Environmental, Social, Governance (ESG) is an umbrella term describing how a company incorporates environmental, social & economic issues within its strategy, processes and governance structure. While the term ESG has grown rapidly in popularity over the past few years, the practices involved in ESG execution are nothing new. In fact, your small business may be performing many ESG functions already, even if you’re not aware of it.
What is new is that investors, regulators, and other stakeholders increasingly expect companies to be able to communicate their ESG performance and strategies in a comprehensive way. This has created the need for companies to upskill their teams so that diverse coalitions can come together with a common language and goals around ESG.
Actera Consulting, a Carbon Neutral Collective member, developed this 6-step guide to help small businesses identify relevant and important ESG issues, create a strategy to improve performance, and begin to develop a compelling ESG story.
Phase 1: Understand the context
It’s helpful to begin by conducting research to learn about the environmental and social issues that are relevant to your sector and industry. Reviewing ESG standards and frameworks (like the SASB, GRI, and TCFD) and the ESG reports of your peers and competitors are great places to start. By the end of your research, you’ll have a broad list of the ESG issues that could be relevant to your company, which you’ll use in the next step of the process.
Phase 2: Engage stakeholders
During the second phase, you’ll seek feedback from your company’s stakeholders — people who are impacted by your company’s activities — on the issues that matter the most to them. Engaging diverse groups will help you understand the disparate perspectives around your company’s performance. Internal stakeholders — like employees, board members, and investors — will help you understand how ESG issues could impact business value, while external stakeholders — like community members, customers, and experts — will offer insight around your company’s impact on society and environment. At the end of this process, you’ll have a ton of data on stakeholders’ perspectives that you’ll use to make an informed decision about what your strategy should focus on, as well as optimizing your business strategy.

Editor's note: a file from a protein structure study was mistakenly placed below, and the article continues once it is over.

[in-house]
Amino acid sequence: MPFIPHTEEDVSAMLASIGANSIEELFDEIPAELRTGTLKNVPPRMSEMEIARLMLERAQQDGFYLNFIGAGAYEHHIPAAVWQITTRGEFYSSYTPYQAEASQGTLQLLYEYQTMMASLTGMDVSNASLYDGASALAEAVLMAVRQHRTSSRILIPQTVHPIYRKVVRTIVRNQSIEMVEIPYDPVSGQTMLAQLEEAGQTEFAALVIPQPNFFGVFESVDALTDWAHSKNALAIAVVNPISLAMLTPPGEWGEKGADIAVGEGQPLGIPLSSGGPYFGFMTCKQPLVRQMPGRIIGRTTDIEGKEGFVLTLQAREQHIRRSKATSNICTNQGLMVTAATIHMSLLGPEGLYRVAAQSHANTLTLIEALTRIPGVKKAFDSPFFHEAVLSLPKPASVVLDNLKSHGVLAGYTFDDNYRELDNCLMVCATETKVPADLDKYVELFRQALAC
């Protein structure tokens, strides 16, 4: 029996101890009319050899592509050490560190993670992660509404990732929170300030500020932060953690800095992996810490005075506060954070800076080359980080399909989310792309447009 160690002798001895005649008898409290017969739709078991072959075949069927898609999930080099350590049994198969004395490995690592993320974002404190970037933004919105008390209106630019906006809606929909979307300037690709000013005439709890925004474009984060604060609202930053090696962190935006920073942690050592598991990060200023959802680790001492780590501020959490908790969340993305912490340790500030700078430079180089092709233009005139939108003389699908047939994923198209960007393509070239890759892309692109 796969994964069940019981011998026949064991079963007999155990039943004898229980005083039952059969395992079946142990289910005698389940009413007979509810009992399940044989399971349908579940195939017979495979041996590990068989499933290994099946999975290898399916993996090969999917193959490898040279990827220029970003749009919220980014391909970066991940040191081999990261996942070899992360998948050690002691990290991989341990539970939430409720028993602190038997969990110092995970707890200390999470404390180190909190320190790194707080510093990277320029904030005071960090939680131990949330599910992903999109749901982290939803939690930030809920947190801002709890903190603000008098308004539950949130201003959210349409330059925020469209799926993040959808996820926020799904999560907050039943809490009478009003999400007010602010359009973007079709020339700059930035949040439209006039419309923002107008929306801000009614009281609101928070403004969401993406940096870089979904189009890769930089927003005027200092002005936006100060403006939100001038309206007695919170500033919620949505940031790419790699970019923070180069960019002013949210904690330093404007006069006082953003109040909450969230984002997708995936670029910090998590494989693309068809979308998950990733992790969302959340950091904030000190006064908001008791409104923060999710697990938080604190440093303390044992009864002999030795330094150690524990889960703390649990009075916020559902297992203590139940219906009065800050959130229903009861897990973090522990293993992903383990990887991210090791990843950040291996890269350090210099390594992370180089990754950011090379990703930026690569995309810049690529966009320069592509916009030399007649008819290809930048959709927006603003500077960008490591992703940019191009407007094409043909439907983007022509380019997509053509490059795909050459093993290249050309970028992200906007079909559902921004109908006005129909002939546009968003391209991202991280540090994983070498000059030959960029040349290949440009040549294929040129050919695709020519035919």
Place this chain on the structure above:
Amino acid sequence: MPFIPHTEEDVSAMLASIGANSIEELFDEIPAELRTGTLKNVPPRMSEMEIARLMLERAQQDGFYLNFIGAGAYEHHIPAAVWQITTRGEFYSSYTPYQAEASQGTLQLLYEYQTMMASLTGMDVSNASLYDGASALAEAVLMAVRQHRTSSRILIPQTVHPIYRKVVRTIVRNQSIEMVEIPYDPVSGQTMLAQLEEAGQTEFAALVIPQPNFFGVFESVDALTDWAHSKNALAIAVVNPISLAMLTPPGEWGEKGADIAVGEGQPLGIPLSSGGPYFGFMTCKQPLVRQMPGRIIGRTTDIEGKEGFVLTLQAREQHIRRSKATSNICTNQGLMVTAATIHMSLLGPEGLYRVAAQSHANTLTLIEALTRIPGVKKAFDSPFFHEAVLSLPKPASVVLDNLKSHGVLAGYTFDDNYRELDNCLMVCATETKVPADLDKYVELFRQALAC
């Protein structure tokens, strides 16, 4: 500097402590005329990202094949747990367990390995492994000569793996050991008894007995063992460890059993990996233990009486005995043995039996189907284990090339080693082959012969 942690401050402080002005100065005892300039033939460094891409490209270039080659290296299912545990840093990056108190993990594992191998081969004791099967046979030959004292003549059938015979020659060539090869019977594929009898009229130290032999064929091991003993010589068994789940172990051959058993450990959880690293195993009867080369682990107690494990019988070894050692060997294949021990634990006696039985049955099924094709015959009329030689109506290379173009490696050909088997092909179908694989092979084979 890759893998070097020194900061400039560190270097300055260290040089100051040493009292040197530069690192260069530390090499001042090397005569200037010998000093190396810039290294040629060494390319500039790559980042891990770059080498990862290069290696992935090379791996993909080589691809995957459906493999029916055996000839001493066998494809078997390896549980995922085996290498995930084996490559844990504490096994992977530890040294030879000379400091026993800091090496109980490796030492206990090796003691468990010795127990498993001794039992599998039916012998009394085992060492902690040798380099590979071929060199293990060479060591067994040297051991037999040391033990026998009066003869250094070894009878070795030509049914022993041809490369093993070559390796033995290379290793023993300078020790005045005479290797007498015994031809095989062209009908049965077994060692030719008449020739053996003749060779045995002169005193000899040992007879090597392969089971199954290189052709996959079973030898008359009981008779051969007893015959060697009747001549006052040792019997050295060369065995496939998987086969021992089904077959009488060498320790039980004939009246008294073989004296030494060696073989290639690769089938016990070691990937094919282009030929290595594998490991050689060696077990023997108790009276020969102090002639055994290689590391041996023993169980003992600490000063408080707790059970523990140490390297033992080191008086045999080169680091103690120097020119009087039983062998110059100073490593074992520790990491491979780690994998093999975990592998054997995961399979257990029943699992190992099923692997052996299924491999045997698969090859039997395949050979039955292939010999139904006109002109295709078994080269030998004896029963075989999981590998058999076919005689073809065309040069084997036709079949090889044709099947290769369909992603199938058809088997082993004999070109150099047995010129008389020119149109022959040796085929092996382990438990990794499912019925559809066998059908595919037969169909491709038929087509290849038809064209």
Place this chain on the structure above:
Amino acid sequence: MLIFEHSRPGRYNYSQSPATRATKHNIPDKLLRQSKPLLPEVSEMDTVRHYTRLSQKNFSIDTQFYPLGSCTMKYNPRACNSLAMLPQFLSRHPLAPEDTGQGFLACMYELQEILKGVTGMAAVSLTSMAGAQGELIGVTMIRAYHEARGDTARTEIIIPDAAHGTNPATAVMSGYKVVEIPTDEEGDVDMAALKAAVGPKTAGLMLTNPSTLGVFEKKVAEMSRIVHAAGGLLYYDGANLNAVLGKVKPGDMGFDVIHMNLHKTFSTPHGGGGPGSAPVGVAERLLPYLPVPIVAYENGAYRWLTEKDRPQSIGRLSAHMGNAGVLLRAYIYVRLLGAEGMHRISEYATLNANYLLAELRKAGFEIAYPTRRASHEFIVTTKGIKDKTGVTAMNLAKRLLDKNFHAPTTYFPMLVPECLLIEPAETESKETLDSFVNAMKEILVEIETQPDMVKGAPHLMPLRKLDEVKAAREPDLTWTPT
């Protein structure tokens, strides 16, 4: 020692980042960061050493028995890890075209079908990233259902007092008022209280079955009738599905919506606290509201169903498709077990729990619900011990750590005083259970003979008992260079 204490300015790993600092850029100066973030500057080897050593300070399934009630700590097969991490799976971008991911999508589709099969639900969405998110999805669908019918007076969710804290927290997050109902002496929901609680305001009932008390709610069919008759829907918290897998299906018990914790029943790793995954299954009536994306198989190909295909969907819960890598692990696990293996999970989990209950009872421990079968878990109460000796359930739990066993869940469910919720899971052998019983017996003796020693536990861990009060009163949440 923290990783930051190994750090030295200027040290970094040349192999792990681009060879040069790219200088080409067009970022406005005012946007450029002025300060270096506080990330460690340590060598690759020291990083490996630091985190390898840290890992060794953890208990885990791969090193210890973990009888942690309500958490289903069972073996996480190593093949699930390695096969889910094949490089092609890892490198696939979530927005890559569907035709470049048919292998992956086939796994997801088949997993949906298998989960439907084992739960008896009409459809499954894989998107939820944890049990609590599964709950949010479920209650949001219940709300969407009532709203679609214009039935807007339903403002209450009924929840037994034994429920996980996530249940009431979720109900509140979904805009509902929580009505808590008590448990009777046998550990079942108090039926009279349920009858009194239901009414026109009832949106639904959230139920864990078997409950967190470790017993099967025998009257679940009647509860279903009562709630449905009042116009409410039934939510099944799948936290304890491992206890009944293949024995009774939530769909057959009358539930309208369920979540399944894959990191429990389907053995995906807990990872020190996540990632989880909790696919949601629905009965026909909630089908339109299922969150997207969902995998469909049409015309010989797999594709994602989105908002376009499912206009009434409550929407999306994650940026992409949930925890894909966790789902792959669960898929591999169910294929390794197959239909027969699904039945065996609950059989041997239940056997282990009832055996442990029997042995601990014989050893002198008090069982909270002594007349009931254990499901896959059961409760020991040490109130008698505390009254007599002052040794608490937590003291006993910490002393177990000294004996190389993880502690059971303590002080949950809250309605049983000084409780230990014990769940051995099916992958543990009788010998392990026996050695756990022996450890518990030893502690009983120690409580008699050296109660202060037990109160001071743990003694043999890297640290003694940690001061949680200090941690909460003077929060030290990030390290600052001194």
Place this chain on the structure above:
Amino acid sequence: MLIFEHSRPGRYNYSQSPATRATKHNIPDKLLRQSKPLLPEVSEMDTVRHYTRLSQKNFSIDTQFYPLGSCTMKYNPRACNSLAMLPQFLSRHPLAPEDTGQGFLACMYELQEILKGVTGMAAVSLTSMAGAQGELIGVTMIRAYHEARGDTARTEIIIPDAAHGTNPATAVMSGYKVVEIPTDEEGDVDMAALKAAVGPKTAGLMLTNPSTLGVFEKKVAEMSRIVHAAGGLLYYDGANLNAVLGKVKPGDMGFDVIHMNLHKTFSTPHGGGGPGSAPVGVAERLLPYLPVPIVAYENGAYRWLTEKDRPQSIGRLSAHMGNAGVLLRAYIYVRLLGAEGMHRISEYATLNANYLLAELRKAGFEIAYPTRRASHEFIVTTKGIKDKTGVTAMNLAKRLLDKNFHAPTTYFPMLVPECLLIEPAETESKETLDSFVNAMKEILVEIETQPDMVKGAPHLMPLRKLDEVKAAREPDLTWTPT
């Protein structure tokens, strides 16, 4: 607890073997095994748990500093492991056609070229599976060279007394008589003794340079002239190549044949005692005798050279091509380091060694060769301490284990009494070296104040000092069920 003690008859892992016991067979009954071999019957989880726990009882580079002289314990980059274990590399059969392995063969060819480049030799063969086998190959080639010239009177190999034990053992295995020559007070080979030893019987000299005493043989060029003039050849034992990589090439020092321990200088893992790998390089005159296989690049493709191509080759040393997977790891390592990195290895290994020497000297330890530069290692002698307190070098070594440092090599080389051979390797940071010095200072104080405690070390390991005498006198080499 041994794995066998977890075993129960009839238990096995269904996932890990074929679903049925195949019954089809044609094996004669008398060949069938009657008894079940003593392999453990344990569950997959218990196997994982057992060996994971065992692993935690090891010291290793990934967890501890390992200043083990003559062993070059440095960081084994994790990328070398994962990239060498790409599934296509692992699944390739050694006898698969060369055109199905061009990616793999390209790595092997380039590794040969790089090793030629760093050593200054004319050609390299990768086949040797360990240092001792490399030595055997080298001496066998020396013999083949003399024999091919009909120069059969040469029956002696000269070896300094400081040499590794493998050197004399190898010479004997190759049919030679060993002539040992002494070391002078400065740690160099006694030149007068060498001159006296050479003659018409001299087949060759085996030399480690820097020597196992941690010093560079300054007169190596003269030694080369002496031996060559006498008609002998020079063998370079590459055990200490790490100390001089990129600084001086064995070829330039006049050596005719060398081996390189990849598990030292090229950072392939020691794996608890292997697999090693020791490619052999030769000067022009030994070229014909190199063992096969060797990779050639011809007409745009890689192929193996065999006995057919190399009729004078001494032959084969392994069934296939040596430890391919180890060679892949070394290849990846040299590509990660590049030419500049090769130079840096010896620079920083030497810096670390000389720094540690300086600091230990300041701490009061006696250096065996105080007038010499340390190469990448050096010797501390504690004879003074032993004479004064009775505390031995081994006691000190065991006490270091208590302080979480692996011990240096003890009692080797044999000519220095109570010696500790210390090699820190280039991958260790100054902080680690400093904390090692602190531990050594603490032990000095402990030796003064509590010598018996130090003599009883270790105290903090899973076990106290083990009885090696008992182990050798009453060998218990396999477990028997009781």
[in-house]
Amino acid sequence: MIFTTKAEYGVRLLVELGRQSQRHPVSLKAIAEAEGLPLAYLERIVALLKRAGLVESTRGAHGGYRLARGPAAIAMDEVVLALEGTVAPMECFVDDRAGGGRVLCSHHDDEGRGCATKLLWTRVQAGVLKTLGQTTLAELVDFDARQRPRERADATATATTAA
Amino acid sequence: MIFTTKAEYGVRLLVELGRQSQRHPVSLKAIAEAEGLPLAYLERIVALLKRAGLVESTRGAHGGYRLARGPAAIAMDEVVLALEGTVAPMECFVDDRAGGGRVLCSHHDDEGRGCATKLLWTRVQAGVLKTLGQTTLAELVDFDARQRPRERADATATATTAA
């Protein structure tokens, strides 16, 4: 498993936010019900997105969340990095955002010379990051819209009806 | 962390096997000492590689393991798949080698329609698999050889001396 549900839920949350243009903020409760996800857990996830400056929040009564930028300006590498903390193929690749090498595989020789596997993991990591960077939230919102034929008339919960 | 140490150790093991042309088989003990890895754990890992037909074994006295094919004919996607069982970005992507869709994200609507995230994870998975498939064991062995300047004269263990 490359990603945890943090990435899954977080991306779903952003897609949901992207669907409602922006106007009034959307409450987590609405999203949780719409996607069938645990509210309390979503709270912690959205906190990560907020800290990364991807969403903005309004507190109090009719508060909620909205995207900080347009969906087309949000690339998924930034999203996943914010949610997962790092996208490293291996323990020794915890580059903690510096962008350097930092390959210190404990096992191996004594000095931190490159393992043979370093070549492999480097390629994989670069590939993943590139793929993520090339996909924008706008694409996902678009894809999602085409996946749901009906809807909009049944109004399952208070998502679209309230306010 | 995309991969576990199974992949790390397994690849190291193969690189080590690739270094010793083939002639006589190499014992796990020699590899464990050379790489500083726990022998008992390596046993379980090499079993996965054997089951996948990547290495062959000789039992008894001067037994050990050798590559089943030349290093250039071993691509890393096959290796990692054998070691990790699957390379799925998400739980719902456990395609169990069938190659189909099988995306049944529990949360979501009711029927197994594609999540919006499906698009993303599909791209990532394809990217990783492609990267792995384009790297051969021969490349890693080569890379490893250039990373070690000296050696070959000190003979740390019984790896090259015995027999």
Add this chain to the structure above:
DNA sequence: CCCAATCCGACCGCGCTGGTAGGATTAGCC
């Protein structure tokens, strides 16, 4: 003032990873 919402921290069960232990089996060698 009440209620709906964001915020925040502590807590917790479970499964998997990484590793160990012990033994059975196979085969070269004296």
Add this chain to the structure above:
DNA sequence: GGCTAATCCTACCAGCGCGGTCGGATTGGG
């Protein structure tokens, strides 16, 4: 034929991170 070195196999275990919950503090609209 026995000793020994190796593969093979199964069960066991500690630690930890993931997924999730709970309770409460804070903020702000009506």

Phase 3: Prioritize ESG issues
Now comes the challenging task of condensing and analyzing stakeholder engagement data so you can draw conclusions and chart the path forward. First, assign a quantitative score to each ESG issue on its relative importance to each stakeholder group. Depending on how you secured stakeholder feedback, this could be a straightforward exercise (if you asked stakeholders to rank topics, for example) or might require you to assign a score based on qualitative feedback and discussions. Once you have the scores, you’ll be able to prioritize the issues according to your strategy. Many companies illustrate this process by publishing materiality matrices which plot ESG topics on a grid with contrasting ESG dimensions on the X and Y axis. The impact topics that fall above a certain threshold will be prioritized for your company’s strategy and reporting activities the following year.